Unfortunately, there is no magic formula for learning a language, especially to learn how to write. You don’t learn a language without studying and practice. It is when we write and correct the mistakes that we learn progressively.

In addition to the vocabulary, we need to know that to build a sentence it is necessary to study grammar, its rules, and how to apply them. From entry level to advanced, written exercises are an integral part of learning. In this path, students start with simple sentences, with basic vocabulary and basic phrases until they reach complex and elaborate structures, until a level of fluency.

A few years ago, many personal or business problems were settled by fax or telephone, now emails are the fastest and most efficient. The style may be more or less formal, but above all the e-mail intends to be practical and resolve issues, which requires a clear written language, objective and easy to understand. That is to say well written! A poorly written email or misspelled may have harmful consequences for companies by the bad image that can leave or generate misunderstandings.

The same goes for the preparation of a report, a presentation, or any other document.
Only with a good command of the language you can write correctly, pass good messages, produce good texts and leave a good personal or company image. The best part is that the more we write, the more practice we have and the more we improve.

It’s this practical and objective component of writing that we teach our students when they have an intermediate level of language. In order to write well an email in English or another language you must have a good knowledge of grammar and have enough vocabulary. Of course, a student of A2 (elementary or pre-intermediate, according to the CEFR) is able to write a very simple email, but obviously with limitations. A level student B1 (intermediate) is already able to write a slightly more complex, making the connection of ideas. With the B2 level (high intermediate) a student can already produce texts (or even reports) with some detail, argumentation and opinion. At level C1 (advanced) already writes fluently, well-structured texts, and can expose points of view in a certain depth.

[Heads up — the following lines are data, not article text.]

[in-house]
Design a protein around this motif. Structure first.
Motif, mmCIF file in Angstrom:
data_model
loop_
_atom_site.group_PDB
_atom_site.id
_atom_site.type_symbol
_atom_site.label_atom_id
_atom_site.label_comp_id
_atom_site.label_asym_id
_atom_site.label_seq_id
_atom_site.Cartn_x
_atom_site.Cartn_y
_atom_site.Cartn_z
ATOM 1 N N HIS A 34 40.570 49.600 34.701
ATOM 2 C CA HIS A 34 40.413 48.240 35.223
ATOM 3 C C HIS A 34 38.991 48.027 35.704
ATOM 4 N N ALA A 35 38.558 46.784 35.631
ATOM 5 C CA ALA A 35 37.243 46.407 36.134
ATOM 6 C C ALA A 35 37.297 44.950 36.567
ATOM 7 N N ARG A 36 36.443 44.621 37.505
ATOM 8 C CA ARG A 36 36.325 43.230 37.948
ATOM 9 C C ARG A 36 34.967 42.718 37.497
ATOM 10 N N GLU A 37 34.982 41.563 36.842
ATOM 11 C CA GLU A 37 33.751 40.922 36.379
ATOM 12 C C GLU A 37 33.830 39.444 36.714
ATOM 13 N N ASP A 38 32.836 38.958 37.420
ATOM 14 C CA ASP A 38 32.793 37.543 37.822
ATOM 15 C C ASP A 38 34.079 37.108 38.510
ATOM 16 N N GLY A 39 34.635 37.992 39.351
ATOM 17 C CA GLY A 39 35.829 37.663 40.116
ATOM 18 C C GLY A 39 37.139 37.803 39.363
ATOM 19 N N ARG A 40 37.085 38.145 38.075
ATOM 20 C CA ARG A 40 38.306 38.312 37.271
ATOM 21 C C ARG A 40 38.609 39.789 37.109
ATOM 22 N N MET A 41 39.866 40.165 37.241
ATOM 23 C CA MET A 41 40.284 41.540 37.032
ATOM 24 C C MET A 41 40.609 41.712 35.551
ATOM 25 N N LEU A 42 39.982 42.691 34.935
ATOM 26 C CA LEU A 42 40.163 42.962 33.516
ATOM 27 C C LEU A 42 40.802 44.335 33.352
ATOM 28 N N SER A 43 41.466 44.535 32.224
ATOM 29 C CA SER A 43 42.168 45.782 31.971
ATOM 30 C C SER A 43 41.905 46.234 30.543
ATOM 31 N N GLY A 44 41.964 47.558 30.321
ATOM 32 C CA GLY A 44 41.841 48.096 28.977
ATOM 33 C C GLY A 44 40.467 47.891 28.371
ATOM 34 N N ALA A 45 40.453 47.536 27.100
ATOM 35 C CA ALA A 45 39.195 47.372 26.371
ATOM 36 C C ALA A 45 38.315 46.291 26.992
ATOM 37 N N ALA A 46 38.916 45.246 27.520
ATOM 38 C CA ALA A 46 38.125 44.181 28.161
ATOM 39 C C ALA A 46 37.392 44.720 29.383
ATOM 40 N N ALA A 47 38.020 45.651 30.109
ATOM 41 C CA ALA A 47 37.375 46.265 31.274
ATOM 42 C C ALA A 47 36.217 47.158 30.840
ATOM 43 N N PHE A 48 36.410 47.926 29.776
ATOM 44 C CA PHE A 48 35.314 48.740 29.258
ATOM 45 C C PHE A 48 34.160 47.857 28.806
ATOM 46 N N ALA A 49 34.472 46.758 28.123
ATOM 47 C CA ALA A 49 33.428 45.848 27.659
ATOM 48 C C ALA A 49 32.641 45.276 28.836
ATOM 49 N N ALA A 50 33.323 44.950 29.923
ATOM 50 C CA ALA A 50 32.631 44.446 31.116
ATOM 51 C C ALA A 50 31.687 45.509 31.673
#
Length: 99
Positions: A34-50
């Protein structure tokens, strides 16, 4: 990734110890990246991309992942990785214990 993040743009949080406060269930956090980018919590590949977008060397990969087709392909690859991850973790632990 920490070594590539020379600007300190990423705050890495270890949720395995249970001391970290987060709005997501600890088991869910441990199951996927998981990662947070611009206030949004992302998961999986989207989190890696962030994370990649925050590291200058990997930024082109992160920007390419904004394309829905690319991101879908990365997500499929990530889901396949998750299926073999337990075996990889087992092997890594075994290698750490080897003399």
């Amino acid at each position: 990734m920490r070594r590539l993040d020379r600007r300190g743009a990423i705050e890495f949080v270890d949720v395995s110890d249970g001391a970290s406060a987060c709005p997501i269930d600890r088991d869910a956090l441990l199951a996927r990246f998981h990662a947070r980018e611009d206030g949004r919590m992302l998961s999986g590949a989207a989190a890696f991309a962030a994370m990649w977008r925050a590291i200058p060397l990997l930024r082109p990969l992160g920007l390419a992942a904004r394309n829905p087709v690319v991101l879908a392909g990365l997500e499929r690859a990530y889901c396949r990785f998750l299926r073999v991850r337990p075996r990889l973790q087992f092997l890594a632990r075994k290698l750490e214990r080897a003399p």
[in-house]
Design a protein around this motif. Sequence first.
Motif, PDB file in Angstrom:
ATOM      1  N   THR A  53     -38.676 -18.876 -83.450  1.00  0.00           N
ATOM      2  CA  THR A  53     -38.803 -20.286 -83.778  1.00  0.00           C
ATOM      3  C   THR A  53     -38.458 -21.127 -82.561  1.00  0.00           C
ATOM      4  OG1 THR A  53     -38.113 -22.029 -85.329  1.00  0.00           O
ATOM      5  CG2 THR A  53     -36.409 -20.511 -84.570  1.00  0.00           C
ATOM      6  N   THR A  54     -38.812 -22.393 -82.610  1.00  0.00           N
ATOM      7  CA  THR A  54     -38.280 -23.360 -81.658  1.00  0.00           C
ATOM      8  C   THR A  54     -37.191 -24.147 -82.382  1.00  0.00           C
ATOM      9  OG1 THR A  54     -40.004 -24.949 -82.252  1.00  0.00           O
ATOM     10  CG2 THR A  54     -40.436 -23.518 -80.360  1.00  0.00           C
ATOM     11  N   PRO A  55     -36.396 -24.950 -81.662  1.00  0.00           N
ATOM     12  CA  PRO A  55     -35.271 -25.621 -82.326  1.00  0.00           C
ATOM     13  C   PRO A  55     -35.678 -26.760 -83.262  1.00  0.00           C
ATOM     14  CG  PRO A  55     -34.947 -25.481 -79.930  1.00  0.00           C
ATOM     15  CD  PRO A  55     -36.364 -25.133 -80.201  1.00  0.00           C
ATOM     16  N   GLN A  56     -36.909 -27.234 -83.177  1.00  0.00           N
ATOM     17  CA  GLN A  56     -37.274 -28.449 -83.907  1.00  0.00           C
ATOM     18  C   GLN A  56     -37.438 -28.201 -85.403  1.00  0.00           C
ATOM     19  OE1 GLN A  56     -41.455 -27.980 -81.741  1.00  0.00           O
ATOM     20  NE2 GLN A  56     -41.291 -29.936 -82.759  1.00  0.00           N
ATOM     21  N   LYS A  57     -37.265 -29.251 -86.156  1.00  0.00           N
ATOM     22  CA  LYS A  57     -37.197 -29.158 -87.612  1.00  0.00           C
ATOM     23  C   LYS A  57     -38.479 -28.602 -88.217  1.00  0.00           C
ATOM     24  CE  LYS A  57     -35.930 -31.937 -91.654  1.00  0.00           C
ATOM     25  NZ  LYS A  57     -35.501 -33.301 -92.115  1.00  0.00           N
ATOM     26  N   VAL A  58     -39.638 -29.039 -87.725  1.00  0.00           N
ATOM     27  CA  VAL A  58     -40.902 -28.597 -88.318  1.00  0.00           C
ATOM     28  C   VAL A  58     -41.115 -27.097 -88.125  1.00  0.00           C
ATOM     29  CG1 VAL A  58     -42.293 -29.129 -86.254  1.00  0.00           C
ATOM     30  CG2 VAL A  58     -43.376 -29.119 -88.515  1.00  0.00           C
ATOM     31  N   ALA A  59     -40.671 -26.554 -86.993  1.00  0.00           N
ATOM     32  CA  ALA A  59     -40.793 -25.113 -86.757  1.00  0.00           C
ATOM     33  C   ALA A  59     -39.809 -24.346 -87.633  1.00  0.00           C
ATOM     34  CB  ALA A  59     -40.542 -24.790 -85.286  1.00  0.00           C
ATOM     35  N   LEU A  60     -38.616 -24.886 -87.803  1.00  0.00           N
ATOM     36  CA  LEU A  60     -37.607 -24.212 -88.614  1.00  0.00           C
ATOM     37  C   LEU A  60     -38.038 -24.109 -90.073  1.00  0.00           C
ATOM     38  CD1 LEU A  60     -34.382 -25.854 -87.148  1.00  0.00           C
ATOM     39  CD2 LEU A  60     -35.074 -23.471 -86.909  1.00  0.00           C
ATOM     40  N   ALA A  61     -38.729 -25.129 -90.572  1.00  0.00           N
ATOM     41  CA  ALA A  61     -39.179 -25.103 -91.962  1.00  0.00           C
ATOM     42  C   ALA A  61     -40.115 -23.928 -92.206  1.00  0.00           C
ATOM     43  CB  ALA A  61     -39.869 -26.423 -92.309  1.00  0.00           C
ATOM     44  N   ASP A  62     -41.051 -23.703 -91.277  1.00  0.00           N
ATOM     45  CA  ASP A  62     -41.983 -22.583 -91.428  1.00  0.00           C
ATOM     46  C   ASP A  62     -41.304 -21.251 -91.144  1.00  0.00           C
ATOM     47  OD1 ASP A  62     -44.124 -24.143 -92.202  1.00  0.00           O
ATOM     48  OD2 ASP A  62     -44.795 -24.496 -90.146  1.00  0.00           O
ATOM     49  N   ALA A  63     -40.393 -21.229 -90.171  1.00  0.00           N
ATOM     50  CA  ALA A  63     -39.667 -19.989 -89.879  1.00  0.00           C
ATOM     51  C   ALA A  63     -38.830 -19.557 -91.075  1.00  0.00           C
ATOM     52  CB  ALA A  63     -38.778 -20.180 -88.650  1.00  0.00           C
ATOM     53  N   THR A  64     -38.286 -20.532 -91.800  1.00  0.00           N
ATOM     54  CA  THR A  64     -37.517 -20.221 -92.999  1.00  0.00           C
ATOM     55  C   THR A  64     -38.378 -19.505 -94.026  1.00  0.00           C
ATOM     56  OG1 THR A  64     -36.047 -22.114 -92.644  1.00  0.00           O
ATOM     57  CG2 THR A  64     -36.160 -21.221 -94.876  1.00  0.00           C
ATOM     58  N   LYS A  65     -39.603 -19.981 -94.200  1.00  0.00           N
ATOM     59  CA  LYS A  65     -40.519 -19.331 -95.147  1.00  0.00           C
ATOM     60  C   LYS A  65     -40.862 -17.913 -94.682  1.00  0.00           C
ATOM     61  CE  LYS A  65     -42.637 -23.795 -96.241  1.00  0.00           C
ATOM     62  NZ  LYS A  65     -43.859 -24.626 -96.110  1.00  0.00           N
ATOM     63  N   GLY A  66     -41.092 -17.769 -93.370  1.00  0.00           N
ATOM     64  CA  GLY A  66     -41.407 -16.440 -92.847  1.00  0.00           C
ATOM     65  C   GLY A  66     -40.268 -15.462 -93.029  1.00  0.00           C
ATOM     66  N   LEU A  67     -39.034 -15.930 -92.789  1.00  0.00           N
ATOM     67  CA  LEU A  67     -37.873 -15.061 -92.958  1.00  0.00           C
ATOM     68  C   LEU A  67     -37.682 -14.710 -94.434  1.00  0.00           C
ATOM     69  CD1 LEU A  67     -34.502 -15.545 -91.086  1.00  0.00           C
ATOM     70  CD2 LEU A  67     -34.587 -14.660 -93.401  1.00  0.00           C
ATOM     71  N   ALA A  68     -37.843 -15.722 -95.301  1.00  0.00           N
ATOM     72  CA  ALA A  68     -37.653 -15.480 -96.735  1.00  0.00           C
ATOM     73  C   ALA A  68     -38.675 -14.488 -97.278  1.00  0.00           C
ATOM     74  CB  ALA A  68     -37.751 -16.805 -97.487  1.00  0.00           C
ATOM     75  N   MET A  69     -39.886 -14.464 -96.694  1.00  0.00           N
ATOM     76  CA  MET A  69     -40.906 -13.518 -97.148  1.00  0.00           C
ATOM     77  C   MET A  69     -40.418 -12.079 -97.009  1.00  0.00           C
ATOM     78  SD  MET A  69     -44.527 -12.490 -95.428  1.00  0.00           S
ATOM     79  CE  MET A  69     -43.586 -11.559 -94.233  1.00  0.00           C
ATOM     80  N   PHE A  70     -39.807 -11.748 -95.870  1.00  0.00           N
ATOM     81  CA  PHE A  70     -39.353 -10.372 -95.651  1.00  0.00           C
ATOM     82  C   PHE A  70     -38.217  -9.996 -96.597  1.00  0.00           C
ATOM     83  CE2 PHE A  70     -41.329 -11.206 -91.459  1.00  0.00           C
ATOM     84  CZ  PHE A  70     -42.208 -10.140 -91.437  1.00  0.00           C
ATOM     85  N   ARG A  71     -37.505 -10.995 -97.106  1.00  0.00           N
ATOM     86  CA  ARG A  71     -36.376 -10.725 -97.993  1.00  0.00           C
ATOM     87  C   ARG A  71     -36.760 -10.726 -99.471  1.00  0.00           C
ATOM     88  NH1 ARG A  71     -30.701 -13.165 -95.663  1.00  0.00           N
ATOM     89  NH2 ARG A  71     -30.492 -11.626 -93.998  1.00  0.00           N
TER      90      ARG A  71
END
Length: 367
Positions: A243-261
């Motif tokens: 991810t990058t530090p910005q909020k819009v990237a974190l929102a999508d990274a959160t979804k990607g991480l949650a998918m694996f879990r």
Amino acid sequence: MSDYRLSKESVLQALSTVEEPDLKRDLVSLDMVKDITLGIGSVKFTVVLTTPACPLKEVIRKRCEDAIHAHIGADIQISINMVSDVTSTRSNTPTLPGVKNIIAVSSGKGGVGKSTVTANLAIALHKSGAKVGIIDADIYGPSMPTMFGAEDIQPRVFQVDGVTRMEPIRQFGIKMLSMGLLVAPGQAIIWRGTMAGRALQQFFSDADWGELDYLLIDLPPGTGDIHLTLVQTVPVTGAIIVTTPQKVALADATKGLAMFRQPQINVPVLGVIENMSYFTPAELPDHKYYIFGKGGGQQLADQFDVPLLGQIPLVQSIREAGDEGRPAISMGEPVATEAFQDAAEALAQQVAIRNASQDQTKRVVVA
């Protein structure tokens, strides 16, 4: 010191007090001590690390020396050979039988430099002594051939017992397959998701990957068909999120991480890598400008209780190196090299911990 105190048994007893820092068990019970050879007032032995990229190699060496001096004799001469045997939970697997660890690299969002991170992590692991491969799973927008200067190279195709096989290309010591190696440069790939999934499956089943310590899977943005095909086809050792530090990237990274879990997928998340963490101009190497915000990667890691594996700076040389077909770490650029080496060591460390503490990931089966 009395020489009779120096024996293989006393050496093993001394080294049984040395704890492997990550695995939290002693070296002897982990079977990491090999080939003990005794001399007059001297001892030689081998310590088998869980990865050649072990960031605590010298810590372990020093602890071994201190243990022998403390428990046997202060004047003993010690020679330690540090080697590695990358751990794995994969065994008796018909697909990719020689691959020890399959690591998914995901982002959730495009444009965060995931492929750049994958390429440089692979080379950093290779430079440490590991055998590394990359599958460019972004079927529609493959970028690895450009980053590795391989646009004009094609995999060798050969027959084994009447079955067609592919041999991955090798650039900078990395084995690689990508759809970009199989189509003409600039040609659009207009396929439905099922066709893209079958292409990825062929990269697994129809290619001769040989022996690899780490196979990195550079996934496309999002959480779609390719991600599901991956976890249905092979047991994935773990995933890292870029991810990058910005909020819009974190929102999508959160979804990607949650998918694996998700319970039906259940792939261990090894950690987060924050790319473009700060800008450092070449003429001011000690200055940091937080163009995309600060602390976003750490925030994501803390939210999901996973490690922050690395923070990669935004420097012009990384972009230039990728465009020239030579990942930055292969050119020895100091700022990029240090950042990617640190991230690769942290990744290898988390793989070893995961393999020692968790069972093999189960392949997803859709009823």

Today, there are manuals with lots of vocabulary related to the world of work where you can practice a more professional and formal language, appropriate to each level. In AGILE TRAINING we chose the best books of the most reputable publishers: Cambridge, Oxford, Pearson and Macmillan, in the case of English. For other languages we also have the manuals of the best publishers in each country. In addition to the manuals, in the Internet there are numerous websites with thousands of grammar exercises and vocabulary of specific professional areas.